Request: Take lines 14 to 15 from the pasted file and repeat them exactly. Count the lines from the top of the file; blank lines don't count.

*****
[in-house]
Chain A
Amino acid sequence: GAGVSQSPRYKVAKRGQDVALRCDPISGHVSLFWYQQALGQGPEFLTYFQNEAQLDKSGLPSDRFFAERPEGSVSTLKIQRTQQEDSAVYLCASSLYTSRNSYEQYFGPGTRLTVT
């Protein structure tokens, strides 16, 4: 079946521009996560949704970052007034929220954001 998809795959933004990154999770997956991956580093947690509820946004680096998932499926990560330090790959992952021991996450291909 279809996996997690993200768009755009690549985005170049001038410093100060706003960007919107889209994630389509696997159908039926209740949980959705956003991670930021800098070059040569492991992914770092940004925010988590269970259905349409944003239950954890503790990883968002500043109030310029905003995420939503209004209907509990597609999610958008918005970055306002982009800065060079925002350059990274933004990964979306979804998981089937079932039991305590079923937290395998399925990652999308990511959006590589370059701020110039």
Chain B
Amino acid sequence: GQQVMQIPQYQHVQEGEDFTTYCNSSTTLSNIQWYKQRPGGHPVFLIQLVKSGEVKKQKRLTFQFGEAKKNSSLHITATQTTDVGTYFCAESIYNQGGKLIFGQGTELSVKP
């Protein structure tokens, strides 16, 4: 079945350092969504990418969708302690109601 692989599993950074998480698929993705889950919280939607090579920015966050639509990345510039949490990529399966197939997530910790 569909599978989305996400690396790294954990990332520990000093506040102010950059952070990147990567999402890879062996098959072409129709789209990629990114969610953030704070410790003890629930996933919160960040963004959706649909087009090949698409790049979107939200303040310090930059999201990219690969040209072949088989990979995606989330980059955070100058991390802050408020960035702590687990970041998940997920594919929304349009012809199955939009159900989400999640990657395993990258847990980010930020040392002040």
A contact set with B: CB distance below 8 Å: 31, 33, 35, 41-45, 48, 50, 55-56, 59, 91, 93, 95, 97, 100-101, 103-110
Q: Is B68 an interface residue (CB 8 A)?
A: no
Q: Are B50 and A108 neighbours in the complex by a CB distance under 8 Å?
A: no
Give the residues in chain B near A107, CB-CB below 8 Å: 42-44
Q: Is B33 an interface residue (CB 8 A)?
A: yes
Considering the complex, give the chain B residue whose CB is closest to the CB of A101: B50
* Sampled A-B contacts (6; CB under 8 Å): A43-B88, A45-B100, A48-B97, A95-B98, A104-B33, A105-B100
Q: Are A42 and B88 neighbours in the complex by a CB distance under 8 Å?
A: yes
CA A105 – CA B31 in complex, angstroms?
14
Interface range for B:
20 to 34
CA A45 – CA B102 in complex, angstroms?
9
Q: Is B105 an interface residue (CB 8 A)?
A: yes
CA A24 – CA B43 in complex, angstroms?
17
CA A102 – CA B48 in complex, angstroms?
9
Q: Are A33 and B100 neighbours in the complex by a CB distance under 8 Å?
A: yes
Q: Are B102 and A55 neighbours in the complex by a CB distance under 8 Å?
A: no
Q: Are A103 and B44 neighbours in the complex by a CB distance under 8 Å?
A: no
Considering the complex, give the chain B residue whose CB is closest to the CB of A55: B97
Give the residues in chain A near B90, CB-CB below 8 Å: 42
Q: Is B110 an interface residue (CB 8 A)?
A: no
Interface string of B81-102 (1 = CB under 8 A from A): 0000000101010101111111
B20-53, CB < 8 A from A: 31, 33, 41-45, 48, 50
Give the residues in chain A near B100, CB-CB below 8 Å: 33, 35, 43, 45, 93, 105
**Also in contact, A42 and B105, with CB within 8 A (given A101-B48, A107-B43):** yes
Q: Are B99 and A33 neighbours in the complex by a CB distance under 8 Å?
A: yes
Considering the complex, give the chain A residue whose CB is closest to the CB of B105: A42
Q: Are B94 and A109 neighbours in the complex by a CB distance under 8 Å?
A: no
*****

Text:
Q: Is B33 an interface residue (CB 8 A)?
A: yes